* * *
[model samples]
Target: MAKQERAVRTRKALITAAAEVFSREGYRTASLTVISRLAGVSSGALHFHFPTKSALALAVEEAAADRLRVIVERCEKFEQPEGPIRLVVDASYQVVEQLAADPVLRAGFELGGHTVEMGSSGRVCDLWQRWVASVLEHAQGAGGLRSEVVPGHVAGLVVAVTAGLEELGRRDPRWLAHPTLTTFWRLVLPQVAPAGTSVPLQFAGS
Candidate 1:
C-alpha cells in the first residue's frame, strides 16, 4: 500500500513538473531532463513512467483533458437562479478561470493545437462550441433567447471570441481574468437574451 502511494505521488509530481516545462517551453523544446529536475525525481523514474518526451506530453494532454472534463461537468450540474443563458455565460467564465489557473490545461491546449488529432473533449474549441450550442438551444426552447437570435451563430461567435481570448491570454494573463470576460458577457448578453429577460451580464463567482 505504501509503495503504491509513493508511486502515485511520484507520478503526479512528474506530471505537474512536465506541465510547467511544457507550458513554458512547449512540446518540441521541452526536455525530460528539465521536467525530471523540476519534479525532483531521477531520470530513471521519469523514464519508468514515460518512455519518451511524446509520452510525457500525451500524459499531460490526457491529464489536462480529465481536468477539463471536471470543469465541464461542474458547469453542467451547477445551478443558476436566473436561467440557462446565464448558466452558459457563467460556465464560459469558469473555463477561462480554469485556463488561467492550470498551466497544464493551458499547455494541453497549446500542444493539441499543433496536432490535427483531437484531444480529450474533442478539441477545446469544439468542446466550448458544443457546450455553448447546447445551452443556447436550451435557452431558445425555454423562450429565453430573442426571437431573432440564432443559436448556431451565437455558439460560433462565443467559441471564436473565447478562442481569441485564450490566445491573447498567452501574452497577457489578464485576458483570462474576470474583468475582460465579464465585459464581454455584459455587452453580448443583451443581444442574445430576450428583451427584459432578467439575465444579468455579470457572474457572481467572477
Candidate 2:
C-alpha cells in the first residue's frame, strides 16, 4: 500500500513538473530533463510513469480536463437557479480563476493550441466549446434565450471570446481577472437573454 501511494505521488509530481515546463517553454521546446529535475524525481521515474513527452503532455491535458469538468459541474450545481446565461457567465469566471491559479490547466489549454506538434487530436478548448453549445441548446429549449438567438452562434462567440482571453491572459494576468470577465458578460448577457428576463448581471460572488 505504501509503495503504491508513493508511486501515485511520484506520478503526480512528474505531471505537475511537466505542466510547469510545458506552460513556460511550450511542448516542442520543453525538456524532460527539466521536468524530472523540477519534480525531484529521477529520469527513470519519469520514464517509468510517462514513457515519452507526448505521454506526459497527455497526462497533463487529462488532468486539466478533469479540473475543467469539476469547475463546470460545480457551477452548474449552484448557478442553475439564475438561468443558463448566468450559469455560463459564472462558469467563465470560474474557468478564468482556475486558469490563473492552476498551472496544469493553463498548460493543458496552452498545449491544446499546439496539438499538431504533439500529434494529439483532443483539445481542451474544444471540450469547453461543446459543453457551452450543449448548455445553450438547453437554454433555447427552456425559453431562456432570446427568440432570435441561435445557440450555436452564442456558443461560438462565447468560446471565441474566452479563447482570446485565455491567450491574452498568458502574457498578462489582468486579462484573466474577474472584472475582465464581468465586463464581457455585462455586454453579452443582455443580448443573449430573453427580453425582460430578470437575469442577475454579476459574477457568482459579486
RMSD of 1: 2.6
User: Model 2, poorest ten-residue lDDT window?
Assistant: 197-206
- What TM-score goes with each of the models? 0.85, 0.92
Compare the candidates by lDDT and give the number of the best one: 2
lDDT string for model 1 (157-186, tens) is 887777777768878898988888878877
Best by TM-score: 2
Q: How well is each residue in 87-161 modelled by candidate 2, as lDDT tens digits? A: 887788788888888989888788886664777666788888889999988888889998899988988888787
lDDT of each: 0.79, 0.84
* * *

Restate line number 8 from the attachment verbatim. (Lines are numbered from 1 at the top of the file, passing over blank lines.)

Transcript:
User: Model 2, poorest ten-residue lDDT window?